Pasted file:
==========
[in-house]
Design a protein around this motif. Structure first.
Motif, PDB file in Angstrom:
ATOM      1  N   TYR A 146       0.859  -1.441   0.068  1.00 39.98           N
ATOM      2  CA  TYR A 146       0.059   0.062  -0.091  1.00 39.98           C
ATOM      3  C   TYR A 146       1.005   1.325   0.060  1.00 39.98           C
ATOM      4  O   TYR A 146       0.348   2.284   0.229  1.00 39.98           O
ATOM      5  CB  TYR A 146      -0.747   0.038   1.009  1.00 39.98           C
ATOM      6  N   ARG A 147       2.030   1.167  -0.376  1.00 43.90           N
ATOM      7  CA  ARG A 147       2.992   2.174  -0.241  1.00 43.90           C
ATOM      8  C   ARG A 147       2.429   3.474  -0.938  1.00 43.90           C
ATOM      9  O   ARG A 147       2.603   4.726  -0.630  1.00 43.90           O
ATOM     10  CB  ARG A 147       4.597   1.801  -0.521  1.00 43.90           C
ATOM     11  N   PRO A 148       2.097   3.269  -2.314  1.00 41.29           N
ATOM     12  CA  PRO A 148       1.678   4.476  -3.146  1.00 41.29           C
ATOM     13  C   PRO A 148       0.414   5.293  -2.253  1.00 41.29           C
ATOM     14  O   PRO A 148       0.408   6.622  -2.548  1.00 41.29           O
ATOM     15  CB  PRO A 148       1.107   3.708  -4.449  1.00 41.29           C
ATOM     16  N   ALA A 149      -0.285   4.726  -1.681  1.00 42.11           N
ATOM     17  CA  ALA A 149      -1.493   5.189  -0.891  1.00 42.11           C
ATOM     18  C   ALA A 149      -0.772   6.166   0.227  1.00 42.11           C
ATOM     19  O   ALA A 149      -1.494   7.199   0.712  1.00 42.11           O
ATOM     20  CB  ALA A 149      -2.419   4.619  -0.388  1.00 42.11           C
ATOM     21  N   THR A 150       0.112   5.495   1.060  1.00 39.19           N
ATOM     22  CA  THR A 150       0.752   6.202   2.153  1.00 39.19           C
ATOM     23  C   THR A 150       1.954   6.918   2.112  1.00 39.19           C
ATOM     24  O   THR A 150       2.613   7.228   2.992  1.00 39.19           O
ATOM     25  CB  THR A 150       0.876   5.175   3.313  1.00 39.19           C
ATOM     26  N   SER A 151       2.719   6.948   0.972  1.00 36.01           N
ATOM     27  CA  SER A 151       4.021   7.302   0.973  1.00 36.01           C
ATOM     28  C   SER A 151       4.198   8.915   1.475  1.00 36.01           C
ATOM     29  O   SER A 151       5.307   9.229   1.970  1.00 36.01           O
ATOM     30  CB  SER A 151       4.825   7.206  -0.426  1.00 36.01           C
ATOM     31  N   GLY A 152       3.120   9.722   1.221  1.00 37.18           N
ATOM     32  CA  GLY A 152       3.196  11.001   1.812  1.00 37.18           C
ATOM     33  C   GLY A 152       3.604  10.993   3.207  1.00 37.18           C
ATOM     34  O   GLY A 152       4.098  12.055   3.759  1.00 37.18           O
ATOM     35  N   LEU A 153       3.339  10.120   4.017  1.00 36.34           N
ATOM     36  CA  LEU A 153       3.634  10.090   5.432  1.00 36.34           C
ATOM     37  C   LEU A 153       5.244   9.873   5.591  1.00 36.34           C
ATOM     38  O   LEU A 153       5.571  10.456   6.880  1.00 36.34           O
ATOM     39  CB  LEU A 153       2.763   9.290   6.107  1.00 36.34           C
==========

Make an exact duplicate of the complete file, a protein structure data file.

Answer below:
[in-house]
Design a protein around this motif. Structure first.
Motif, PDB file in Angstrom:
ATOM      1  N   TYR A 146       0.859  -1.441   0.068  1.00 39.98           N
ATOM      2  CA  TYR A 146       0.059   0.062  -0.091  1.00 39.98           C
ATOM      3  C   TYR A 146       1.005   1.325   0.060  1.00 39.98           C
ATOM      4  O   TYR A 146       0.348   2.284   0.229  1.00 39.98           O
ATOM      5  CB  TYR A 146      -0.747   0.038   1.009  1.00 39.98           C
ATOM      6  N   ARG A 147       2.030   1.167  -0.376  1.00 43.90           N
ATOM      7  CA  ARG A 147       2.992   2.174  -0.241  1.00 43.90           C
ATOM      8  C   ARG A 147       2.429   3.474  -0.938  1.00 43.90           C
ATOM      9  O   ARG A 147       2.603   4.726  -0.630  1.00 43.90           O
ATOM     10  CB  ARG A 147       4.597   1.801  -0.521  1.00 43.90           C
ATOM     11  N   PRO A 148       2.097   3.269  -2.314  1.00 41.29           N
ATOM     12  CA  PRO A 148       1.678   4.476  -3.146  1.00 41.29           C
ATOM     13  C   PRO A 148       0.414   5.293  -2.253  1.00 41.29           C
ATOM     14  O   PRO A 148       0.408   6.622  -2.548  1.00 41.29           O
ATOM     15  CB  PRO A 148       1.107   3.708  -4.449  1.00 41.29           C
ATOM     16  N   ALA A 149      -0.285   4.726  -1.681  1.00 42.11           N
ATOM     17  CA  ALA A 149      -1.493   5.189  -0.891  1.00 42.11           C
ATOM     18  C   ALA A 149      -0.772   6.166   0.227  1.00 42.11           C
ATOM     19  O   ALA A 149      -1.494   7.199   0.712  1.00 42.11           O
ATOM     20  CB  ALA A 149      -2.419   4.619  -0.388  1.00 42.11           C
ATOM     21  N   THR A 150       0.112   5.495   1.060  1.00 39.19           N
ATOM     22  CA  THR A 150       0.752   6.202   2.153  1.00 39.19           C
ATOM     23  C   THR A 150       1.954   6.918   2.112  1.00 39.19           C
ATOM     24  O   THR A 150       2.613   7.228   2.992  1.00 39.19           O
ATOM     25  CB  THR A 150       0.876   5.175   3.313  1.00 39.19           C
ATOM     26  N   SER A 151       2.719   6.948   0.972  1.00 36.01           N
ATOM     27  CA  SER A 151       4.021   7.302   0.973  1.00 36.01           C
ATOM     28  C   SER A 151       4.198   8.915   1.475  1.00 36.01           C
ATOM     29  O   SER A 151       5.307   9.229   1.970  1.00 36.01           O
ATOM     30  CB  SER A 151       4.825   7.206  -0.426  1.00 36.01           C
ATOM     31  N   GLY A 152       3.120   9.722   1.221  1.00 37.18           N
ATOM     32  CA  GLY A 152       3.196  11.001   1.812  1.00 37.18           C
ATOM     33  C   GLY A 152       3.604  10.993   3.207  1.00 37.18           C
ATOM     34  O   GLY A 152       4.098  12.055   3.759  1.00 37.18           O
ATOM     35  N   LEU A 153       3.339  10.120   4.017  1.00 36.34           N
ATOM     36  CA  LEU A 153       3.634  10.090   5.432  1.00 36.34           C
ATOM     37  C   LEU A 153       5.244   9.873   5.591  1.00 36.34           C
ATOM     38  O   LEU A 153       5.571  10.456   6.880  1.00 36.34           O
ATOM     39  CB  LEU A 153       2.763   9.290   6.107  1.00 36.34           C